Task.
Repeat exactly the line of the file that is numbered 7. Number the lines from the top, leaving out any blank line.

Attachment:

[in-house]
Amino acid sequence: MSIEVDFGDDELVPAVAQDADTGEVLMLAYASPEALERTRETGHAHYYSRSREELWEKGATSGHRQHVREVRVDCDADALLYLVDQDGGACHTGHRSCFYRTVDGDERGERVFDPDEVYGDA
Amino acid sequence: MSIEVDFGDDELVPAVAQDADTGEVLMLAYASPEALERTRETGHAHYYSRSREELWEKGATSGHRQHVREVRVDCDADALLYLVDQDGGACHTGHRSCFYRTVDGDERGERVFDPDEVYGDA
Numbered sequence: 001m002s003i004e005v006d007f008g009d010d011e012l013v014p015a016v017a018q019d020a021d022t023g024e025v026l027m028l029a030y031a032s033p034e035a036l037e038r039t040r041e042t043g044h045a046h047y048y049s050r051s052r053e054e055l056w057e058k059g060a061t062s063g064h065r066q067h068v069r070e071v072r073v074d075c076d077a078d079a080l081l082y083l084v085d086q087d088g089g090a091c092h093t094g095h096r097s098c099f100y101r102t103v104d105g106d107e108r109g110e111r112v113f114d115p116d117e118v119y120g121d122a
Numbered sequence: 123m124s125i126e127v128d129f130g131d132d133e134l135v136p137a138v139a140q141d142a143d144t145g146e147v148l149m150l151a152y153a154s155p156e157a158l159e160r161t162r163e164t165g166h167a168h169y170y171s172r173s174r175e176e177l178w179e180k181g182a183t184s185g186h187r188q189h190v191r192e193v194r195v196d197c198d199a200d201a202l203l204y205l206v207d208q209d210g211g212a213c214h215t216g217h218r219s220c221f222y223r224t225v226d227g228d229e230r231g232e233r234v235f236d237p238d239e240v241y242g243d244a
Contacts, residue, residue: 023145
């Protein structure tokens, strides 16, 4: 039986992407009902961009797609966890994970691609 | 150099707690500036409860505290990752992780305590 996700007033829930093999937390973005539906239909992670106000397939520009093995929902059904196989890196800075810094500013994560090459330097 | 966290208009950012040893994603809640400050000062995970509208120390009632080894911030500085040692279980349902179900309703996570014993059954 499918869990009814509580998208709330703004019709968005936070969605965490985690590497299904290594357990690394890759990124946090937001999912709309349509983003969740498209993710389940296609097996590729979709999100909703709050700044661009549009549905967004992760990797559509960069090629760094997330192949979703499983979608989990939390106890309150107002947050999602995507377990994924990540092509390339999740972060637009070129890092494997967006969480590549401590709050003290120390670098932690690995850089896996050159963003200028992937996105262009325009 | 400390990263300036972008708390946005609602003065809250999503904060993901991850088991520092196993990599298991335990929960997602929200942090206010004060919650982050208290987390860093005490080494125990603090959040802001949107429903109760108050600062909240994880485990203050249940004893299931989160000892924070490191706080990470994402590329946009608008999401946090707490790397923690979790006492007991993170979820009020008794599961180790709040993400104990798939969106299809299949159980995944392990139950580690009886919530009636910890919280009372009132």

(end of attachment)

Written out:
């Protein structure tokens, strides 16, 4: 039986992407009902961009797609966890994970691609 | 150099707690500036409860505290990752992780305590 996700007033829930093999937390973005539906239909992670106000397939520009093995929902059904196989890196800075810094500013994560090459330097 | 966290208009950012040893994603809640400050000062995970509208120390009632080894911030500085040692279980349902179900309703996570014993059954 499918869990009814509580998208709330703004019709968005936070969605965490985690590497299904290594357990690394890759990124946090937001999912709309349509983003969740498209993710389940296609097996590729979709999100909703709050700044661009549009549905967004992760990797559509960069090629760094997330192949979703499983979608989990939390106890309150107002947050999602995507377990994924990540092509390339999740972060637009070129890092494997967006969480590549401590709050003290120390670098932690690995850089896996050159963003200028992937996105262009325009 | 400390990263300036972008708390946005609602003065809250999503904060993901991850088991520092196993990599298991335990929960997602929200942090206010004060919650982050208290987390860093005490080494125990603090959040802001949107429903109760108050600062909240994880485990203050249940004893299931989160000892924070490191706080990470994402590329946009608008999401946090707490790397923690979790006492007991993170979820009020008794599961180790709040993400104990798939969106299809299949159980995944392990139950580690009886919530009636910890919280009372009132």